Logo of Phnom Penh Post newspaper Phnom Penh Post - Nearly 200 Chinese construction workers detained in Phnom Penh



Nearly 200 Chinese construction workers detained in Phnom Penh

Immigration police escort Chinese nationals to waiting vehicles yesterday morning at a construction site in central Phnom Penh.
Immigration police escort Chinese nationals to waiting vehicles yesterday morning at a construction site in central Phnom Penh. Heng Chivoan

Nearly 200 Chinese construction workers detained in Phnom Penh

An inspection at the Sino Great Wall International Engineering’s building site in Phnom Penh yesterday found nearly 200 Chinese workers without work permits, according to an immigration official, though a spokesman for the project’s developer said the employees’ paperwork was in the pipeline.

Director of investigations for the Interior Ministry’s immigration police Uk Hai Seila said 190 workers from the huge Chinese construction firm had their passports taken for review by the Labour Ministry following the site check yesterday.

Seila said it appeared the group was working without the necessary permit, which, if the case, could see the workers and company fined.

However, speaking yesterday, a representative of Oxley Worldbridge, which has contracted Sino Great Wall to build The Peak and The Bridge, two massive mixed developments in Tonle Bassac commune, said the company had lodged applications for the workers’ permits, though the process was not complete.

“Their application is being processed,” said the representative, who declined to be named as they were not authorised to speak with the media.

Ministry of Labour spokesman Heng Sour yesterday reiterated that all foreign workers in Cambodia must hold a valid work permit.

Meanwhile, naval authorities off of Koh Kong province last week seized 18 Chinese fishing vessels and detained their 36 Chinese crew members, an official said yesterday.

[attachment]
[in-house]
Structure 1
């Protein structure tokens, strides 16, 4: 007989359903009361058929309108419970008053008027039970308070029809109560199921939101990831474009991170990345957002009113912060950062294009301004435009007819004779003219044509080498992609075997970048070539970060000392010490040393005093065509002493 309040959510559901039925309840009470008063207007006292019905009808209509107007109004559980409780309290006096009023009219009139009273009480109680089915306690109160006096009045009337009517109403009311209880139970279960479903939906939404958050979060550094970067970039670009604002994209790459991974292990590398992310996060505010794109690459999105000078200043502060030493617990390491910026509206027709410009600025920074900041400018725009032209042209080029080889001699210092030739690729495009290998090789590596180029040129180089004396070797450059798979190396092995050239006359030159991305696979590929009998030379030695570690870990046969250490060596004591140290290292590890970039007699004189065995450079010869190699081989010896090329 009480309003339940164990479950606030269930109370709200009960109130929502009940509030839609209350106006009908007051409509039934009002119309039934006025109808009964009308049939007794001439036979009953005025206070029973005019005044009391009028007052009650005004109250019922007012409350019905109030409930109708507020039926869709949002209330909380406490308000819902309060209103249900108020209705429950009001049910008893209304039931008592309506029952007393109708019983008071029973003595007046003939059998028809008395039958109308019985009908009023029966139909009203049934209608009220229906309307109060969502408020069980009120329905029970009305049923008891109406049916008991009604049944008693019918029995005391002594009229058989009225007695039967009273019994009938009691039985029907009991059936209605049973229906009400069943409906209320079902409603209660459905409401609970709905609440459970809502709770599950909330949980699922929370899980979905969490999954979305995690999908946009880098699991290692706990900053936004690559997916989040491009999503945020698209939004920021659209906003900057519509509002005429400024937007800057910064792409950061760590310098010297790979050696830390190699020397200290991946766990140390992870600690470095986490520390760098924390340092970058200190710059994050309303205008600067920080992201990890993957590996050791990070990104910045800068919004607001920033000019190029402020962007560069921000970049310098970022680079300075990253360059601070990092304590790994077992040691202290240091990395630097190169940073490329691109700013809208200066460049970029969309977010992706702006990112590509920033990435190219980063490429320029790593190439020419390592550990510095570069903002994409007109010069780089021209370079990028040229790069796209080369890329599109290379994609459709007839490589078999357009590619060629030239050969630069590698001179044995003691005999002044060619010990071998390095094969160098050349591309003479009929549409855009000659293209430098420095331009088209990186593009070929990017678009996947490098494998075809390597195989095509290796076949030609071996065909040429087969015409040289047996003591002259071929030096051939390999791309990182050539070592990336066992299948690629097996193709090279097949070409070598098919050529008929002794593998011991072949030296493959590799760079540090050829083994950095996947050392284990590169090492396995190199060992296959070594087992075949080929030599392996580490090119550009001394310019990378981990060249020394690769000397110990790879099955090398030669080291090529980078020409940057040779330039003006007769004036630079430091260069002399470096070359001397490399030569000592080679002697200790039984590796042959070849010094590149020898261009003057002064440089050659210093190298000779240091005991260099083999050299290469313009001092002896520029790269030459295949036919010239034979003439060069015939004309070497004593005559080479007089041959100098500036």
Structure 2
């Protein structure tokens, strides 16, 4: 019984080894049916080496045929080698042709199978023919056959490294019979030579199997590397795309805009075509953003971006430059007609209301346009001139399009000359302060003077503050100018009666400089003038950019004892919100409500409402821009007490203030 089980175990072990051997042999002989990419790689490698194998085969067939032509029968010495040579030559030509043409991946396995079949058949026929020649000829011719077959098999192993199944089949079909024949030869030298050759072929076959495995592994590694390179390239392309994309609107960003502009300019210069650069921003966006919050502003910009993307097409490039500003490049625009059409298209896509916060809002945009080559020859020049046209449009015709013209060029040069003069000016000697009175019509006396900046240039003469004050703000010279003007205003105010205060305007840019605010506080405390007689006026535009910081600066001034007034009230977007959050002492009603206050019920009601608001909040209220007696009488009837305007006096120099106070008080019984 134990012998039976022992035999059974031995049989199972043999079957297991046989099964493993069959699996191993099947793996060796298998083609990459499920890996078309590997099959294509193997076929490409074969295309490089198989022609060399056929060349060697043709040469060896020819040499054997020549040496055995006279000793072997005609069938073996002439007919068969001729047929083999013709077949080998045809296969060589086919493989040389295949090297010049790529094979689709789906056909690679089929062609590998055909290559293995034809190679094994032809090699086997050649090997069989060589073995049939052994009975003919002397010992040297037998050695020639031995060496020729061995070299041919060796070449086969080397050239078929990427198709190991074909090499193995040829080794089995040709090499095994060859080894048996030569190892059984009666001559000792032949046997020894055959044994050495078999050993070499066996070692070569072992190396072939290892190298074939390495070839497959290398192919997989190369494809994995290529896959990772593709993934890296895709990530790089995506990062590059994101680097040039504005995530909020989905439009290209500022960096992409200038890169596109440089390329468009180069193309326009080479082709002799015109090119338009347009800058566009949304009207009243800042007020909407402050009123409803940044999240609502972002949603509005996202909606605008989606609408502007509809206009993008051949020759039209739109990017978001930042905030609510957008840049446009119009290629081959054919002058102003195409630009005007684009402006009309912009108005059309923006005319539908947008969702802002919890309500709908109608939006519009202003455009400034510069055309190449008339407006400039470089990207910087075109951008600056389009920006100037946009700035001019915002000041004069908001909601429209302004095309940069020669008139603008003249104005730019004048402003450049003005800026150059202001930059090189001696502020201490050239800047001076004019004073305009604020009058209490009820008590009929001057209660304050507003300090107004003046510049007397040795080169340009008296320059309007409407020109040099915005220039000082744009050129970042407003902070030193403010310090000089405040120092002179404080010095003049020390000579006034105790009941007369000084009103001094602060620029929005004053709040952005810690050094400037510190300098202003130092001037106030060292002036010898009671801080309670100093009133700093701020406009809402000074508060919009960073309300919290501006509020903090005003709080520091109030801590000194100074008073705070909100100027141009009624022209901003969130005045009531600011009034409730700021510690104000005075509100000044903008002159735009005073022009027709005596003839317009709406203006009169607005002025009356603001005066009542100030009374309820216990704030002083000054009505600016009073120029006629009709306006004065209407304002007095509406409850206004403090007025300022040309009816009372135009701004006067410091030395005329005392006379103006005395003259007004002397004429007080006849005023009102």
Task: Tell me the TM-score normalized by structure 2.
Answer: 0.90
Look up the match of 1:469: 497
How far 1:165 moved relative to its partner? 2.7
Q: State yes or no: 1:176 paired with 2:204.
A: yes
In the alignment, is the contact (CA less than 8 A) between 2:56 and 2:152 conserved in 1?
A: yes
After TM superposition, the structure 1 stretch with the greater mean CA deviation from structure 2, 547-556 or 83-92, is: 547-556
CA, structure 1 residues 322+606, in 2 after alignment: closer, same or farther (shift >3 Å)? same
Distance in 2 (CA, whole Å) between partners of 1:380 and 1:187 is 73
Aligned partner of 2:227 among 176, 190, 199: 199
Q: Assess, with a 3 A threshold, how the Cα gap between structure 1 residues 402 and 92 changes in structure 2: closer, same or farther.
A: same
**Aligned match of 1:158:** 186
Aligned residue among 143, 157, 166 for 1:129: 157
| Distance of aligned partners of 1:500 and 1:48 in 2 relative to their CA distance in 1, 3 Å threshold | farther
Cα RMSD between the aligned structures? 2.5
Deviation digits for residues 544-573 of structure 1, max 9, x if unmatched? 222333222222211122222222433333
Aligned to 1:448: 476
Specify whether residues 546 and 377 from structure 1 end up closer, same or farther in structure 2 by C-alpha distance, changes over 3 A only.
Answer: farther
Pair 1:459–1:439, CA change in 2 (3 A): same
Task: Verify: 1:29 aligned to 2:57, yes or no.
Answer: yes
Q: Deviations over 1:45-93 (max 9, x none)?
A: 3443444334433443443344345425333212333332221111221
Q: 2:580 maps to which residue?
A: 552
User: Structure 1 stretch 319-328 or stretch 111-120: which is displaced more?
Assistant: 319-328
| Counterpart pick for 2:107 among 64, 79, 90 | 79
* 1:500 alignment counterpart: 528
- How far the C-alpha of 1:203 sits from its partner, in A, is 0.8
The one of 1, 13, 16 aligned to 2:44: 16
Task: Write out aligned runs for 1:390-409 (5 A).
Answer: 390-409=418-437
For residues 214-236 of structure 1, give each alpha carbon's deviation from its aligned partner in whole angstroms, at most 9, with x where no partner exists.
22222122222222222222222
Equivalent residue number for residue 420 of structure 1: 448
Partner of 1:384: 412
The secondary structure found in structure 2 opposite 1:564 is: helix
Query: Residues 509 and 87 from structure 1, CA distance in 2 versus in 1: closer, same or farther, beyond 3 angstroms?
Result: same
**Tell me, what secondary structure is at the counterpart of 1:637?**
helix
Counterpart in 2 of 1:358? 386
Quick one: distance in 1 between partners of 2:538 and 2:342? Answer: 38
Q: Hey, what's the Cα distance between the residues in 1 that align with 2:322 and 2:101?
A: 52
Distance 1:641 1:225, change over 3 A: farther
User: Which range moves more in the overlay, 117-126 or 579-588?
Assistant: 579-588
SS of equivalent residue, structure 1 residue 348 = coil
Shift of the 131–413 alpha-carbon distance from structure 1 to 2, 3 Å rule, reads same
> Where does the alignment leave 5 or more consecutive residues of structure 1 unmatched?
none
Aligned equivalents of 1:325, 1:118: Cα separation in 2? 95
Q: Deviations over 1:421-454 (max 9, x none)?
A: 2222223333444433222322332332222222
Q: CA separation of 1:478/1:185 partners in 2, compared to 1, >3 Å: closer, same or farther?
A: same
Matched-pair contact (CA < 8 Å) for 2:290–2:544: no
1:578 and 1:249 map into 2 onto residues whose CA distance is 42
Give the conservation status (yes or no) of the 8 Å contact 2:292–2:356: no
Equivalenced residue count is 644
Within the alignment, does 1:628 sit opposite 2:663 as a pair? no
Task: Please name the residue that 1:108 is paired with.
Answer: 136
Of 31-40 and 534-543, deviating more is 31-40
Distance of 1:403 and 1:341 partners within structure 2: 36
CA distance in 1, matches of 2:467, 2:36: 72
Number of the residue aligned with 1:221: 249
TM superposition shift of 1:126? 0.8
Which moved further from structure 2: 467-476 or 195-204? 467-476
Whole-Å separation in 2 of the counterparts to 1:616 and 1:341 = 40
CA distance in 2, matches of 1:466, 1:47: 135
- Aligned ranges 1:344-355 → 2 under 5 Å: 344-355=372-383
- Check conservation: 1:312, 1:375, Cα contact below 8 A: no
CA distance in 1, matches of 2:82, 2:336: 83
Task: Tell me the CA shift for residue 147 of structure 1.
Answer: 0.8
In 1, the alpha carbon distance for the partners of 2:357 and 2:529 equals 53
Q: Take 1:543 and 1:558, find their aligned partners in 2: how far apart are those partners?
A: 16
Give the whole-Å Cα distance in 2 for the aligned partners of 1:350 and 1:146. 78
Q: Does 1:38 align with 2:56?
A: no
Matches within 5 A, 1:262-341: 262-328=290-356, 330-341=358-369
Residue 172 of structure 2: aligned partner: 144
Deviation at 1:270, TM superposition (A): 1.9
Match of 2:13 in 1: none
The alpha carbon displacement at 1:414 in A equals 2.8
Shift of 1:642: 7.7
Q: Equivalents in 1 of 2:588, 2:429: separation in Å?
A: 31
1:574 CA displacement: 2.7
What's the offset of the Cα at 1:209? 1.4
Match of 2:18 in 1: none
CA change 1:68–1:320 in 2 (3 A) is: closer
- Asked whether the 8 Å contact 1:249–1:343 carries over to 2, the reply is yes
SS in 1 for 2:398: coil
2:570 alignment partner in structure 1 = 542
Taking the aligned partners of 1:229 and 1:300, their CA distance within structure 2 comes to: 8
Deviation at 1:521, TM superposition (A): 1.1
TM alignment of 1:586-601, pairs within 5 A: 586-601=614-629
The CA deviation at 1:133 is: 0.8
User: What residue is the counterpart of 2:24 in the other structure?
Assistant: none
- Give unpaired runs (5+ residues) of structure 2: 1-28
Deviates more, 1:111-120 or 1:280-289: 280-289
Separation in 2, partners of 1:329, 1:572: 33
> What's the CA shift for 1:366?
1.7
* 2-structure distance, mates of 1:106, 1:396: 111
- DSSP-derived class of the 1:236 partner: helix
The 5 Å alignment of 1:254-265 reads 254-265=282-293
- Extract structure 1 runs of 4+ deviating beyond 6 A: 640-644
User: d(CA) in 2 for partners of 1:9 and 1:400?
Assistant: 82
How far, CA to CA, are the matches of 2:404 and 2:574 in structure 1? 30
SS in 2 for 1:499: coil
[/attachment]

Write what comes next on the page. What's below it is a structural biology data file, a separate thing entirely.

Mei Dina, a navy chief of staff familiar with the case, said a handful of the mid-size trawlers began appearing early this month, but when more appeared about a week later, patrolling ships took action and impounded them.

Dina speculated the boats may have tired of paying expensive docking fees in Thailand and moved into Cambodia, possibly under the protection of a powerful local. “We do not know who is behind this; it might be related to a ‘little man’ or a ‘big man’,” he said.

Bun Leut, Koh Kong provincial governor, confirmed the seizures and said he had “sent a report to the top leaders and is waiting for the decision”.

“Now we have brought them in for questioning. Those people on the boats were workers, and we don’t know what to do because we need to meet with the owner.”

Lieutenant General Tea Sokha, deputy commander of the navy, could not be reached, while Defence Ministry spokesman Chhum Socheat said he had not received the report. Officials at the Chinese Embassy did not respond to a request for comment.

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